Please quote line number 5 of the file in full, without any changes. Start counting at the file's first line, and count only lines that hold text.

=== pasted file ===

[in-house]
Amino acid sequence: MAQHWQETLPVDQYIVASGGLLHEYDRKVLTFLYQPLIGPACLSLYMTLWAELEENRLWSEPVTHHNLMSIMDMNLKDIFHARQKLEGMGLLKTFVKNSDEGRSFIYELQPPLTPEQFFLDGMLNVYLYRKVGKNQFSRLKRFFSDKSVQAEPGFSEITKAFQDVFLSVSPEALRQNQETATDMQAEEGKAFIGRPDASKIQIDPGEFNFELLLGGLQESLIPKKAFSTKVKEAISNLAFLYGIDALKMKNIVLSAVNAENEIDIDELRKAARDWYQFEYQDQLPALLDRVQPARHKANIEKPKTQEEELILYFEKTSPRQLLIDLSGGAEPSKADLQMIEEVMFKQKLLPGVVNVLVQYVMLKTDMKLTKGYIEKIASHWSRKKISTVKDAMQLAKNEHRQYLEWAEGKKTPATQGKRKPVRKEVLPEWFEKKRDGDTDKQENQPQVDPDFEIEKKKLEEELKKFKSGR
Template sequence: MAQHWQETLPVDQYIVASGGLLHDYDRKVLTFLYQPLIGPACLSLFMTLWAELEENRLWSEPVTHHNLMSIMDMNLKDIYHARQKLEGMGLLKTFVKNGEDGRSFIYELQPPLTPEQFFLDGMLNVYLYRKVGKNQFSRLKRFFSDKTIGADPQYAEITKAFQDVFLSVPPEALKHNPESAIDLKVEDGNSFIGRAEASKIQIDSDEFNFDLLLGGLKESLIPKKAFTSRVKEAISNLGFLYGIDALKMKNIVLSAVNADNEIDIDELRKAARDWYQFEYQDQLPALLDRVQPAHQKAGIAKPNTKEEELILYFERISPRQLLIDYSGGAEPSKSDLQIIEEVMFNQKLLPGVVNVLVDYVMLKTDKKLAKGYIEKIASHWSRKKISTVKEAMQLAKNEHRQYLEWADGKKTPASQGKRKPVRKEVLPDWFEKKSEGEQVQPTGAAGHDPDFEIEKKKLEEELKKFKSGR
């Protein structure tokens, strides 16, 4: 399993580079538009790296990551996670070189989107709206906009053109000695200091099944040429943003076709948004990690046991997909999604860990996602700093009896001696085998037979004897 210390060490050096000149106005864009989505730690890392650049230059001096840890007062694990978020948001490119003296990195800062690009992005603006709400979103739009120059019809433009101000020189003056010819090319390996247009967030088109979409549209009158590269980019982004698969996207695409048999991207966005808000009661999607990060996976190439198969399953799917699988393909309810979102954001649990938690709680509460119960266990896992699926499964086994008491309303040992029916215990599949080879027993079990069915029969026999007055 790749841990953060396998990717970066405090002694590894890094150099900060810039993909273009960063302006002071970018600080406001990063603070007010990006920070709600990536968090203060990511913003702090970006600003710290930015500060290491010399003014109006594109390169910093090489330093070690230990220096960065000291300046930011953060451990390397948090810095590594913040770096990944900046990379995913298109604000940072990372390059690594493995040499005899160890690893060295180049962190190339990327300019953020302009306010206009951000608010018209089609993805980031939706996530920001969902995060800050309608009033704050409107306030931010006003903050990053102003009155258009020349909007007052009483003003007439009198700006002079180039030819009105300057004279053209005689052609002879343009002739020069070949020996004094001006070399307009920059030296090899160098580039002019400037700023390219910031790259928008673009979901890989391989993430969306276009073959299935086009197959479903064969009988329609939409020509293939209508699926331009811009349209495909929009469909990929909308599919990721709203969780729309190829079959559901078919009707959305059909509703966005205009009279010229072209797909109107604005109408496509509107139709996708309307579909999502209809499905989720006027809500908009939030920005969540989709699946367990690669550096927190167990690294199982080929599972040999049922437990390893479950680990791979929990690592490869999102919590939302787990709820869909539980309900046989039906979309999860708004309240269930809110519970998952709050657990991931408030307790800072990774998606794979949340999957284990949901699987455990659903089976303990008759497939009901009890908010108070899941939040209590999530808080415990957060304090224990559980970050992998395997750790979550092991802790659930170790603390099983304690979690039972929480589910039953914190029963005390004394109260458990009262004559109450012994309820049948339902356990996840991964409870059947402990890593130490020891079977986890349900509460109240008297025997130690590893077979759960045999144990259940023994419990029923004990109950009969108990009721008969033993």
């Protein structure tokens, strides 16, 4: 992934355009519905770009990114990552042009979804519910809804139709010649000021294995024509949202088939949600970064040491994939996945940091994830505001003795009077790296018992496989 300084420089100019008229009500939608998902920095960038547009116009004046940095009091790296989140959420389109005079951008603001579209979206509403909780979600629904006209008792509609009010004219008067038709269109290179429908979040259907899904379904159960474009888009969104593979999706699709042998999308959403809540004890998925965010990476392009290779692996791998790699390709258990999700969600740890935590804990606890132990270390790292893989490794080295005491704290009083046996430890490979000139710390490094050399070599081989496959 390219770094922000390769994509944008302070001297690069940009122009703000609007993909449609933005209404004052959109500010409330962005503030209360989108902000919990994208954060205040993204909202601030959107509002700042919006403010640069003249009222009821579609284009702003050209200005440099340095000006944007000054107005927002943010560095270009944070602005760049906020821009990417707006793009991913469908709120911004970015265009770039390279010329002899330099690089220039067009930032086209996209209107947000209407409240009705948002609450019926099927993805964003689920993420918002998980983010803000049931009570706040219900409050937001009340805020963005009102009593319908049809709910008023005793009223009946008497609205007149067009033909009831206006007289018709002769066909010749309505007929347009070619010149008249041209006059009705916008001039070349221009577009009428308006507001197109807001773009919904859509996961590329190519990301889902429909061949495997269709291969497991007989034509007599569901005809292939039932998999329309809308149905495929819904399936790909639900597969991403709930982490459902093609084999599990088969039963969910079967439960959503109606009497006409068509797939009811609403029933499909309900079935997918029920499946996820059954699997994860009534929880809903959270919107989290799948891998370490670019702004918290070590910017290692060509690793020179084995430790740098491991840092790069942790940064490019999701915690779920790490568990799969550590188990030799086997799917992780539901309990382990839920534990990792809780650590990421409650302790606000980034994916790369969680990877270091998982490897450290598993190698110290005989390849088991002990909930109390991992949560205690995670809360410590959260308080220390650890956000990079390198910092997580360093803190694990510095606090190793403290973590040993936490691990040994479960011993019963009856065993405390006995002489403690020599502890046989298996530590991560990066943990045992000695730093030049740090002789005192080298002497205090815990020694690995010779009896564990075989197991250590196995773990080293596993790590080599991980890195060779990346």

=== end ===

């Protein structure tokens, strides 16, 4: 992934355009519905770009990114990552042009979804519910809804139709010649000021294995024509949202088939949600970064040491994939996945940091994830505001003795009077790296018992496989 300084420089100019008229009500939608998902920095960038547009116009004046940095009091790296989140959420389109005079951008603001579209979206509403909780979600629904006209008792509609009010004219008067038709269109290179429908979040259907899904379904159960474009888009969104593979999706699709042998999308959403809540004890998925965010990476392009290779692996791998790699390709258990999700969600740890935590804990606890132990270390790292893989490794080295005491704290009083046996430890490979000139710390490094050399070599081989496959 390219770094922000390769994509944008302070001297690069940009122009703000609007993909449609933005209404004052959109500010409330962005503030209360989108902000919990994208954060205040993204909202601030959107509002700042919006403010640069003249009222009821579609284009702003050209200005440099340095000006944007000054107005927002943010560095270009944070602005760049906020821009990417707006793009991913469908709120911004970015265009770039390279010329002899330099690089220039067009930032086209996209209107947000209407409240009705948002609450019926099927993805964003689920993420918002998980983010803000049931009570706040219900409050937001009340805020963005009102009593319908049809709910008023005793009223009946008497609205007149067009033909009831206006007289018709002769066909010749309505007929347009070619010149008249041209006059009705916008001039070349221009577009009428308006507001197109807001773009919904859509996961590329190519990301889902429909061949495997269709291969497991007989034509007599569901005809292939039932998999329309809308149905495929819904399936790909639900597969991403709930982490459902093609084999599990088969039963969910079967439960959503109606009497006409068509797939009811609403029933499909309900079935997918029920499946996820059954699997994860009534929880809903959270919107989290799948891998370490670019702004918290070590910017290692060509690793020179084995430790740098491991840092790069942790940064490019999701915690779920790490568990799969550590188990030799086997799917992780539901309990382990839920534990990792809780650590990421409650302790606000980034994916790369969680990877270091998982490897450290598993190698110290005989390849088991002990909930109390991992949560205690995670809360410590959260308080220390650890956000990079390198910092997580360093803190694990510095606090190793403290973590040993936490691990040994479960011993019963009856065993405390006995002489403690020599502890046989298996530590991560990066943990045992000695730093030049740090002789005192080298002497205090815990020694690995010779009896564990075989197991250590196995773990080293596993790590080599991980890195060779990346």